Why do I recommend 'The House of Mitford'? Well, the Mitford family - especially 'the girls' - have amused, annoyed and entertained for many decades. But this book is about much more than 'the girls' for it delves into the family's roots on both the side of 'Farve' and that of 'Muv.' 'Farve' was, of course, David Freeman-Mitford, Lord Redesdale, but his father was Algernon Bertram (Bertie) Mitford, an MP and very much an educated man-of-the world. I knew nothing of him but I now know much more. 'The other' grandfather (of 'the girls') was Thomas Gibson (Tommy) Bowles, an MP himself (for King's Lynn), a yachting expert (he hired his crews from dear old Aldeburgh) and the illegitimate son of another MP. Bowles owned and published Vanity Fair and The Lady, both successful magazines and both much enjoyed, especially through the former's famous cartoons.

Jonathan Guinness, a son of Diana Freeman-Mitford and the late Lord Moyne (Diana's first husband), and Catherine Guinness, Jonathan's daughter, have had unparalleled access to family letters, papers and memories, and their studies of 'the grandfathers,' their lives and times are superb. 'Farve' and 'Muv' receive full and fair coverage, too, and they appear as more generous and less eccentric than in some more critical essays.

'The girls' themselves - Nancy, Pam, Diana, Unity, Jessica (Decca) and Deborah (Debo) - are very well and very fairly portrayed. I have never taken to Nancy, but Pam may have been fun to know. The tragic Unity and her close association with Hitler are not everybody's cup of tea and the Communist Decca was probably an unpleasant individual. Deborah (Debo), now the Dowager Duchess of Devonshire, has survived and seems to know how to survive. As I have said elsewhere, I would have loved to have met any one of these ladies, though I would probably have become tongue-tied had a meeting happened. Other than the charmed and talented only son, Tom, who died a hero (in Burma just before the Jap war ended) and much too young, my 'favourite' Mitfords are definitely Diana and Debo, the former loyal to her late husband (Sir Oswald Mosley, Jonathan Guinness's step-father) to the last, and the latter clearly the most consistently loving and loved.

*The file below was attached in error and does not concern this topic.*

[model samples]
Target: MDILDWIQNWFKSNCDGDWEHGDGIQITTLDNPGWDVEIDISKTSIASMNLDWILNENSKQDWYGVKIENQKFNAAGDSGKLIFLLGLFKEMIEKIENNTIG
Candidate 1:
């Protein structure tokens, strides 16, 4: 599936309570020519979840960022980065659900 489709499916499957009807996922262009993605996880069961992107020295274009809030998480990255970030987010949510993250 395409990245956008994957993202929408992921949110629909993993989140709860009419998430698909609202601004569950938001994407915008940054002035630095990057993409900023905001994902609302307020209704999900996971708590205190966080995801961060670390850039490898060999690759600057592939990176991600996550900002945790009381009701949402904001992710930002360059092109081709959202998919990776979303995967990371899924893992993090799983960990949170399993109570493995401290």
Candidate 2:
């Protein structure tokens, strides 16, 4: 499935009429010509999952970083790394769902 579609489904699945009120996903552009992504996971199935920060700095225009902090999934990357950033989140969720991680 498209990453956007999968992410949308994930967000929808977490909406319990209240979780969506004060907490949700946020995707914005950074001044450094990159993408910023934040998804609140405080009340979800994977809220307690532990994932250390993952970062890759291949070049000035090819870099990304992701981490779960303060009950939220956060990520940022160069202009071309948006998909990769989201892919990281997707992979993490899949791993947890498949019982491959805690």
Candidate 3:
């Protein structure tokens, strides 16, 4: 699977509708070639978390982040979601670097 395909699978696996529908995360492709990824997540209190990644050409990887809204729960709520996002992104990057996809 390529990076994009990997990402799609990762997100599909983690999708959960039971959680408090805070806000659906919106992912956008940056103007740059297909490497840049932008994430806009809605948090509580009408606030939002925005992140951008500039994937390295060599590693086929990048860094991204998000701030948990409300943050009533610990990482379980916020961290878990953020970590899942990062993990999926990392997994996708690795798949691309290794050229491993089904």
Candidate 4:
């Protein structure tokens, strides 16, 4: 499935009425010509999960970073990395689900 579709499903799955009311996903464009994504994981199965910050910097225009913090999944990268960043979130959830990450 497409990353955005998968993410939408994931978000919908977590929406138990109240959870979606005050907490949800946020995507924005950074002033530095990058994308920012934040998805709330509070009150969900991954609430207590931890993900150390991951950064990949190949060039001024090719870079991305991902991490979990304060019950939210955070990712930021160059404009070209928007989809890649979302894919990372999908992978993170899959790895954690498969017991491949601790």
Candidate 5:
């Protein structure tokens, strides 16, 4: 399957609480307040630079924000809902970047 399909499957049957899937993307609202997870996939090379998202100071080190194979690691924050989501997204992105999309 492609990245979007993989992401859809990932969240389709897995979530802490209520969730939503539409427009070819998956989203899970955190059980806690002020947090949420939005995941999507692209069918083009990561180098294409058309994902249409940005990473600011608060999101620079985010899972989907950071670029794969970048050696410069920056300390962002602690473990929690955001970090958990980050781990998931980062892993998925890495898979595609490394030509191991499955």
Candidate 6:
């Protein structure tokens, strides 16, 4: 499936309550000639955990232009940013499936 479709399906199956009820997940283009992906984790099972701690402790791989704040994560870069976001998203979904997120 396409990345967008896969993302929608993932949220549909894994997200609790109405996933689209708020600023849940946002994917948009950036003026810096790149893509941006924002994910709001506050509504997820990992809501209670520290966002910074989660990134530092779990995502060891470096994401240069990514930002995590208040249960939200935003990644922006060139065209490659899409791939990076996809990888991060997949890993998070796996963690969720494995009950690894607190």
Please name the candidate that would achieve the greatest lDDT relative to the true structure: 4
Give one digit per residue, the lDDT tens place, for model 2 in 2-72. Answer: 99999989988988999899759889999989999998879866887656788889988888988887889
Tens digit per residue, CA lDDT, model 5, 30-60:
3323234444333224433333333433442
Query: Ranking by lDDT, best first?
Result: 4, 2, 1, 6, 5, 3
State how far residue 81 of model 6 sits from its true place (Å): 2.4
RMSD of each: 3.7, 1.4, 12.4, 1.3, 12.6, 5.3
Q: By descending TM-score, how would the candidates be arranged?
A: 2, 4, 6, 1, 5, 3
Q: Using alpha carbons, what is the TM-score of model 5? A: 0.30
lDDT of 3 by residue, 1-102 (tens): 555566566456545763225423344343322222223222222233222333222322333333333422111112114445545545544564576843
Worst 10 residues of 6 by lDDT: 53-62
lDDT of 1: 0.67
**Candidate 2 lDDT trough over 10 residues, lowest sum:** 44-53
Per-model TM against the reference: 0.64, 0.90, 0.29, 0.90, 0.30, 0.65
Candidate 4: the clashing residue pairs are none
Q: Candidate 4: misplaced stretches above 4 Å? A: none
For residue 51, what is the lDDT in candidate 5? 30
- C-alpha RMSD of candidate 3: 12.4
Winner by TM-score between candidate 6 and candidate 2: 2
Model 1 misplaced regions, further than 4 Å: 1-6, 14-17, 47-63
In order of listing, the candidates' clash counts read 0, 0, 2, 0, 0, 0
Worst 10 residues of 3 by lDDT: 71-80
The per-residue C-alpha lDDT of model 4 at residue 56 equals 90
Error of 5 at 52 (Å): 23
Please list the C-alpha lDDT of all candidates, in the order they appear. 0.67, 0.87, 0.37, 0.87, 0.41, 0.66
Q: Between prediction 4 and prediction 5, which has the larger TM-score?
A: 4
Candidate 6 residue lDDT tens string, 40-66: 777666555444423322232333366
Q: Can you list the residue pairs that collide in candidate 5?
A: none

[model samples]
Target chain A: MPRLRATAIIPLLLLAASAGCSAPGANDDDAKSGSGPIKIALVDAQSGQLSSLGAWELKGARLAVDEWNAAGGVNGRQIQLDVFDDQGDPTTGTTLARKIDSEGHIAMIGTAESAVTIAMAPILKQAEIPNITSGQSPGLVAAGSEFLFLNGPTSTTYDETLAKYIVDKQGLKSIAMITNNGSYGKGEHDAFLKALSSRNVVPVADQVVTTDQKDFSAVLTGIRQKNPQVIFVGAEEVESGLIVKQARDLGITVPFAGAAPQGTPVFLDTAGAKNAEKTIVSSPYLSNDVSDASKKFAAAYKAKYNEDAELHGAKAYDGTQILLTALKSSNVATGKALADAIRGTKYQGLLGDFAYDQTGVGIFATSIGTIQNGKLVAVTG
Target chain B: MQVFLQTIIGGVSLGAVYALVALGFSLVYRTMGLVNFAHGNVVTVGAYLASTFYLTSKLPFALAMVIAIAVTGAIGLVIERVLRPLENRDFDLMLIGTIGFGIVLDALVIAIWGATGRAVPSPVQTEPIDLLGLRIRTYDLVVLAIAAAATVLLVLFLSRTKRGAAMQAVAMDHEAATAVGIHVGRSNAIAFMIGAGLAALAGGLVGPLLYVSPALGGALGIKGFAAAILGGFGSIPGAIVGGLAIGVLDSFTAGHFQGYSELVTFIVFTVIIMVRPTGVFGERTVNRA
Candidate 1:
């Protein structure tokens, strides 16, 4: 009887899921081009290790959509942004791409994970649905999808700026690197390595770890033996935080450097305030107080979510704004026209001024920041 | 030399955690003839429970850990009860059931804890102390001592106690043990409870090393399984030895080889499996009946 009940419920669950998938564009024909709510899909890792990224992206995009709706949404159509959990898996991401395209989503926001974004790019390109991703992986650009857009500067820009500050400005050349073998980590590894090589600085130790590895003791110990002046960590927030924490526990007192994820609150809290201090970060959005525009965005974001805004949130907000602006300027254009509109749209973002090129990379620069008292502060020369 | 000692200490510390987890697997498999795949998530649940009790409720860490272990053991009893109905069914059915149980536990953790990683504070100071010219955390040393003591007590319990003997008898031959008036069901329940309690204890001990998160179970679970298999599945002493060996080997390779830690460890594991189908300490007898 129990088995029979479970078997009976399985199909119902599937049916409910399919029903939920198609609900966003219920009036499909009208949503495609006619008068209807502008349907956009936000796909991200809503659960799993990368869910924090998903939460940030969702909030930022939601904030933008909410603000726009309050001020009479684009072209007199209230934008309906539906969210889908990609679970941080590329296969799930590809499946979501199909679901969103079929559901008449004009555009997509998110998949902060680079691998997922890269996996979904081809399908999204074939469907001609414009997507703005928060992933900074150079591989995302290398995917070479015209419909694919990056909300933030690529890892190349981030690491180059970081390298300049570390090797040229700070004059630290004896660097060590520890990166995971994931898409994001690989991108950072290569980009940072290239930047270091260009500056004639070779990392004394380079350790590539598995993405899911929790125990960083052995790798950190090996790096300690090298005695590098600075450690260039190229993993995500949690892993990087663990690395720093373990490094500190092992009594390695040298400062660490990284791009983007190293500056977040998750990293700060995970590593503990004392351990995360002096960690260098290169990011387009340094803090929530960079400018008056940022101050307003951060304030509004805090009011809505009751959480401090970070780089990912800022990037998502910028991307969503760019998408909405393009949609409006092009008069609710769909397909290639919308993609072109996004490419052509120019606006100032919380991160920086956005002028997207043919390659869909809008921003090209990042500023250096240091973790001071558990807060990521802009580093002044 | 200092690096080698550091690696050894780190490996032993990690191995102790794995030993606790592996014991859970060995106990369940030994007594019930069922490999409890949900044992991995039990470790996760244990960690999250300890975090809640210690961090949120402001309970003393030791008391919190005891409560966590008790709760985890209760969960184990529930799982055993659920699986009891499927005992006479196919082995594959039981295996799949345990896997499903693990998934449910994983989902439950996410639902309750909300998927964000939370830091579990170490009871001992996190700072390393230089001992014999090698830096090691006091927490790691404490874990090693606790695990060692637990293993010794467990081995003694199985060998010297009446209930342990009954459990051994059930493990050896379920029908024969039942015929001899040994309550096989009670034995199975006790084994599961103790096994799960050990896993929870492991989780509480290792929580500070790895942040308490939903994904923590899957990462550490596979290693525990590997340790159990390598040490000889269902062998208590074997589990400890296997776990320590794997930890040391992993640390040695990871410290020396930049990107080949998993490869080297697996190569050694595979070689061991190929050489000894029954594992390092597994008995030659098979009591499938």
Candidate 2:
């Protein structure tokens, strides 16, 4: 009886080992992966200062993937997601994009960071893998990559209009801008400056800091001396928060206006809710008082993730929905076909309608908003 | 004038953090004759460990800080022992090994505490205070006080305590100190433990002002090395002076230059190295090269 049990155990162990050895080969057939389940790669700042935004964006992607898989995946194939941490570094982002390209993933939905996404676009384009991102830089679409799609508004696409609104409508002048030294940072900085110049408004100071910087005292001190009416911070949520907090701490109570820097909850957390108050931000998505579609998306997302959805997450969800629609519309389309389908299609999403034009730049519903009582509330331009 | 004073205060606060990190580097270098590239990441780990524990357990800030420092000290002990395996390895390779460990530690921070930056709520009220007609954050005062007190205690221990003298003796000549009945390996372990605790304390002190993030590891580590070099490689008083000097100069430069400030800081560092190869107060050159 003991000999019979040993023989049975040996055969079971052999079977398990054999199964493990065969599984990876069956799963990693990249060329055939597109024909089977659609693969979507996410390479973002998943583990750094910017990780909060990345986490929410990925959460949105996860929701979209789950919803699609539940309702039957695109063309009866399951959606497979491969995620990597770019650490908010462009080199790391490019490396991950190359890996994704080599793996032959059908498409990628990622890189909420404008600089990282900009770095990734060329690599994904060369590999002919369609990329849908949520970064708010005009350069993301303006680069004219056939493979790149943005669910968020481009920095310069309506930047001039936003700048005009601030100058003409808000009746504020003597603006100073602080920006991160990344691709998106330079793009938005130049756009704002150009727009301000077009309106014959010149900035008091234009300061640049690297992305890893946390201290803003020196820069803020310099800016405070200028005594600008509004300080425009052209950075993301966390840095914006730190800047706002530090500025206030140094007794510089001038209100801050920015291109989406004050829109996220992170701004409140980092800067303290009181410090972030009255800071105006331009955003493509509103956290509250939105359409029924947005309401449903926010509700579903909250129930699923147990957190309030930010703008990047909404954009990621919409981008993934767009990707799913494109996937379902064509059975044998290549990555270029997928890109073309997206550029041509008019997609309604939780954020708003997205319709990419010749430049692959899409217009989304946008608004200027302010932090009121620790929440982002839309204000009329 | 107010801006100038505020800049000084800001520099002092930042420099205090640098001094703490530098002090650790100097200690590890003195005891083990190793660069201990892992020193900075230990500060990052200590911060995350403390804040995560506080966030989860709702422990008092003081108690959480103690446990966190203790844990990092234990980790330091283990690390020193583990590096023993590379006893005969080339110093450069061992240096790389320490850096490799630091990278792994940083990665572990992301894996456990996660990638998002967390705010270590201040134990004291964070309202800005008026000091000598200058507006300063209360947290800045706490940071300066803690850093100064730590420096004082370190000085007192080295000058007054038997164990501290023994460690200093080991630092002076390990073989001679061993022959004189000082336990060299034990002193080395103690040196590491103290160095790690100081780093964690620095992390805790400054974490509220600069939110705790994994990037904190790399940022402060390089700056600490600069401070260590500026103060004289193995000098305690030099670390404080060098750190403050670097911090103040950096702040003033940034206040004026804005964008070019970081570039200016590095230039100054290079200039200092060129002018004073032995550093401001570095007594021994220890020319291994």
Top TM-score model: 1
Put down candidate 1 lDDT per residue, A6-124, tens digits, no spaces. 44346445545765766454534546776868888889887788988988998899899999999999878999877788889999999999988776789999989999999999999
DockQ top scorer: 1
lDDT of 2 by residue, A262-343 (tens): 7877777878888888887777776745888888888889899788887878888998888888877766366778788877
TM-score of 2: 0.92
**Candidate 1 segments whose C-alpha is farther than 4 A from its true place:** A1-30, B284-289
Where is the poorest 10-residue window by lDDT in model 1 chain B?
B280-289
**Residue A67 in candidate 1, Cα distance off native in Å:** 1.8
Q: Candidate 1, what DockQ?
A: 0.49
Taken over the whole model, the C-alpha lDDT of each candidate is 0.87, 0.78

The authors ought to be proud of their efforts for they have produced an educated, erudite, wonderfully well-researched and extremely pleasurable work that will, hopefully and rightfully, be regarded as definitive. It is throughout a masterpiece and I shall re-read it and refer to it on more than one occasion in the future. My problem now is finding another book full of such enjoyment to read next: the task will be difficult.
Another good read about the Mitford Family. Lady Somerset Nov. 15 2013
By Lady Somerset - Published on
Format: Paperback Verified Purchase
As previously reported one must be interested in the Mitford Family and British aristocratic families of this time in history to really enjoy the plethora of books written by and about the family. Jonathan Guinness' well written and good natured book tells us about his family with more personally known details. It was a joy to read. Some good photos I had never seen before.